Originally Posted by Barkatthemoon
Fincher and Freeman have been trying to get that [Rama] off the ground for years, but it never came together.
Which isn't surprising as it seems completely infeasible within the current Hollywood film-making model. As are many other suggestions in this thread.
I'm not saying they'd make bad movies or that they are bad novels. It's just that to the people footing the bill (the studios) they lack sufficient "Hollywood SF" tropes to warrant the necessary and considerable FX budget.
I know that over the last two decades the cost of CG has dropped correspondingly with the price of hardware and software. But still, it seems unlikely that any cinematic treatment of "Rama" could be realised without a seriously large budget. And this is before a director or a single actor has committed to the project (if you want genuine top-liners the budget goes over $100 million easy).
If history is anything to go by studios aren't likely to part with such cash without certain criteria being met (ok if you've got a director with clout then these criteria tend to be a bit more flexible, but not much) - namely: a hero, a villain, a love interest, plenty of action, transparency, possibilities for a sequel etc.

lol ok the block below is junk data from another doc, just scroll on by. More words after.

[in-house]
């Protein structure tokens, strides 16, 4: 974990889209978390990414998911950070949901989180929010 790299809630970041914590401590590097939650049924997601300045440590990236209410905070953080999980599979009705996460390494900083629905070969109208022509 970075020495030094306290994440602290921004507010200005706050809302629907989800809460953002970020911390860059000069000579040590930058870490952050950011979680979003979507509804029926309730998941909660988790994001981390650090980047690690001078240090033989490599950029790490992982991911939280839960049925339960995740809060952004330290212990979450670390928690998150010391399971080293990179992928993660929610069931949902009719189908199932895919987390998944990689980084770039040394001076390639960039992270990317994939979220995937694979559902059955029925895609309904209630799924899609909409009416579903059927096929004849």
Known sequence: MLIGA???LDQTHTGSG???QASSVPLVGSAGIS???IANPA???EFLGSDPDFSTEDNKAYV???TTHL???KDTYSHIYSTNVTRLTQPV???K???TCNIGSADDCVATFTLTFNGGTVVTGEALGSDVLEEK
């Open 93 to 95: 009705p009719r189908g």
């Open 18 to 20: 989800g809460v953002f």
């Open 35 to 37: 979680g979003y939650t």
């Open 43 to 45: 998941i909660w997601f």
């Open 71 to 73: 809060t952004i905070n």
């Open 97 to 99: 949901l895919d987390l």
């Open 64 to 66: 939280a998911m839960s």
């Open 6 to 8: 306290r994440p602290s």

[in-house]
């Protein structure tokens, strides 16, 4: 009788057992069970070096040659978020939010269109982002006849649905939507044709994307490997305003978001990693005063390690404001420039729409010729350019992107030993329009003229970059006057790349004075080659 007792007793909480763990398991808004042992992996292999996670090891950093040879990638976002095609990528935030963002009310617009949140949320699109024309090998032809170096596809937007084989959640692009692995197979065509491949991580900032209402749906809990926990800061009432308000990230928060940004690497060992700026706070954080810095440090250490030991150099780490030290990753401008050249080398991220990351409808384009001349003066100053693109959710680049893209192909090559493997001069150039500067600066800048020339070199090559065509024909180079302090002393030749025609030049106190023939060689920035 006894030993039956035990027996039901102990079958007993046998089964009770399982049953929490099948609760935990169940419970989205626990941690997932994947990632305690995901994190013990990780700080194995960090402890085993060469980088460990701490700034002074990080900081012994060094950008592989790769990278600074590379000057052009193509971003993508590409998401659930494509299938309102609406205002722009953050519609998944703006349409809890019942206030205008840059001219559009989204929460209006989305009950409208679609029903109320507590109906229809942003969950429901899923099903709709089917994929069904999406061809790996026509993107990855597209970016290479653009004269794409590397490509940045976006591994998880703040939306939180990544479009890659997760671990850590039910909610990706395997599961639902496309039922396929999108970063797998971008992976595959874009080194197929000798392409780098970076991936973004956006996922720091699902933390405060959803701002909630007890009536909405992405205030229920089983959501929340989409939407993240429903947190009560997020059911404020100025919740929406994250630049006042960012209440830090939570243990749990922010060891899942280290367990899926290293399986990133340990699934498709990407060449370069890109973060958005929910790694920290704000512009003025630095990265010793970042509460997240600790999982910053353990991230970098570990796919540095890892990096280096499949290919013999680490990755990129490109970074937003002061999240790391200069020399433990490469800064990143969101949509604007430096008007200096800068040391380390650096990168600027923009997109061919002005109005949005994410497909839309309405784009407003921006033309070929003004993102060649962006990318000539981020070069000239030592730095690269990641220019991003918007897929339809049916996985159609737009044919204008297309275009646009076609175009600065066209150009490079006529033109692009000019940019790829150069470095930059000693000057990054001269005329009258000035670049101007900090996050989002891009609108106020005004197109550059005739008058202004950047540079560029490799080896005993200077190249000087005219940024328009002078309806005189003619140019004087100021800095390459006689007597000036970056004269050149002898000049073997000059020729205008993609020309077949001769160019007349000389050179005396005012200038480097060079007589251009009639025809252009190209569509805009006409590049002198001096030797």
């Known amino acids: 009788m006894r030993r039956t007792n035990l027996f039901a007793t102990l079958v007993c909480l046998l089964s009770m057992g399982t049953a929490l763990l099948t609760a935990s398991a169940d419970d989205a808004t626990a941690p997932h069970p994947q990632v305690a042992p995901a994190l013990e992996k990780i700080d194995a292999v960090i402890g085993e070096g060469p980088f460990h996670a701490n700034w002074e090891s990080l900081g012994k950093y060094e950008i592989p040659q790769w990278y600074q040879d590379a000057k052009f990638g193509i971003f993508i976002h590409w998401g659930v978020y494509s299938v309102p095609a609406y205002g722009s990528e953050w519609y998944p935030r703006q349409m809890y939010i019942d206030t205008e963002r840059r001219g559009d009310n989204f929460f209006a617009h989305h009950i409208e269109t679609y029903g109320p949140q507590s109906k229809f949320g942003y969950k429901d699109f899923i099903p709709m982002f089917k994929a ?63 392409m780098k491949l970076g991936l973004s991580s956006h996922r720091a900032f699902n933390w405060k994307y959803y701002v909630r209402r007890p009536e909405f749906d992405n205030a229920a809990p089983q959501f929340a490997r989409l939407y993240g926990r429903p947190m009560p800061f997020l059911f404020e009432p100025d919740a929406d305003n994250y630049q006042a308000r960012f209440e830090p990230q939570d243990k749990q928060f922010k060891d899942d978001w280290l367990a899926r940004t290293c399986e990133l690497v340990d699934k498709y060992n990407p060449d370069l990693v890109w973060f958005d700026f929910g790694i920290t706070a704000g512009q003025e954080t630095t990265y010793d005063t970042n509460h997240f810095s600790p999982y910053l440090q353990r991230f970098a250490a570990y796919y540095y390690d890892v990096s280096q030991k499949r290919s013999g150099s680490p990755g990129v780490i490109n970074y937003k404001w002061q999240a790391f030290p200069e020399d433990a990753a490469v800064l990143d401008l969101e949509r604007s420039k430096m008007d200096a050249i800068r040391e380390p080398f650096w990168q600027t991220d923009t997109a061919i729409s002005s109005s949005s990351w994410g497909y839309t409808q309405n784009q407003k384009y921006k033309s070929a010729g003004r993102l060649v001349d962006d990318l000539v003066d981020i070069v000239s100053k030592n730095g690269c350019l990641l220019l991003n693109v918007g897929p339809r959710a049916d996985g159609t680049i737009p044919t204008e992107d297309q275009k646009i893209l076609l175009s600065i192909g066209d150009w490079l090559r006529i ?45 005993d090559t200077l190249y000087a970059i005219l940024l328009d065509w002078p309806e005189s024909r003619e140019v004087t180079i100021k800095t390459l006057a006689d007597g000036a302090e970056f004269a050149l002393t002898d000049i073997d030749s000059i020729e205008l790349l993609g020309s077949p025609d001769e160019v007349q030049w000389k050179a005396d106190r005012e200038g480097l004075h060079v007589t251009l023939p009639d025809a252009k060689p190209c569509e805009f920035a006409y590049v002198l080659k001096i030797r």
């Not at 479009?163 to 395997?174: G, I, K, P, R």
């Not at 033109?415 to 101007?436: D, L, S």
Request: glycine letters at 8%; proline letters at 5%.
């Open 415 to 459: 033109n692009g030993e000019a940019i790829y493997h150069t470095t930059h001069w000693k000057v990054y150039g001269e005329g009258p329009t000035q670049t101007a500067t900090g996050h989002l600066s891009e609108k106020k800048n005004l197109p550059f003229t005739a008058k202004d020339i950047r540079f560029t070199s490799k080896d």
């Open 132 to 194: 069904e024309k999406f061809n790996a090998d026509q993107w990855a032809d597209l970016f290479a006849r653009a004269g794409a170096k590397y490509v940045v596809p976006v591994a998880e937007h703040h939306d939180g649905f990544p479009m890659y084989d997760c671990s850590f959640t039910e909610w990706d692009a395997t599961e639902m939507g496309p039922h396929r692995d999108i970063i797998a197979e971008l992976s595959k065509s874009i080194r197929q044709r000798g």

Rama, with its unspectacular and unmemorable crew as little more than crude facilitators to the grand spectacle, lack of a villain, inscrutable alien technology, limited resolution etc. must likely appear to studio execs as a hopeless folly. The above also seems to rule out several other (excellent) novels mentioned so far in this thread (or permit them in some form of pathetic, lobotomised screenplay "adaptation").
As mentioned earlier, the book I'd be interested in seeing on screen is Iain M. Banks' "Consider Phlebas". It's not the greatest SF novel I've read. I'm not even sure it's the best Banks novel I've read. But it is one of the few SF novels I know that at least stands a chance
of being filmed precisely because it meets some
of the criteria necessary to warrant a big FX budget.
I don't advocate it purely because of the FX. After all, it's the story that matters - and "Phlebas" is a pretty good one about the perils of fanaticism and the pernicious effects of mass warfare. But Banks set this tale against a backdrop of truly grand and memorable imagery and without it it would be much the poorer.
It's worth noting that Banks himself considers "Phlebas" the most cinematic of his novels.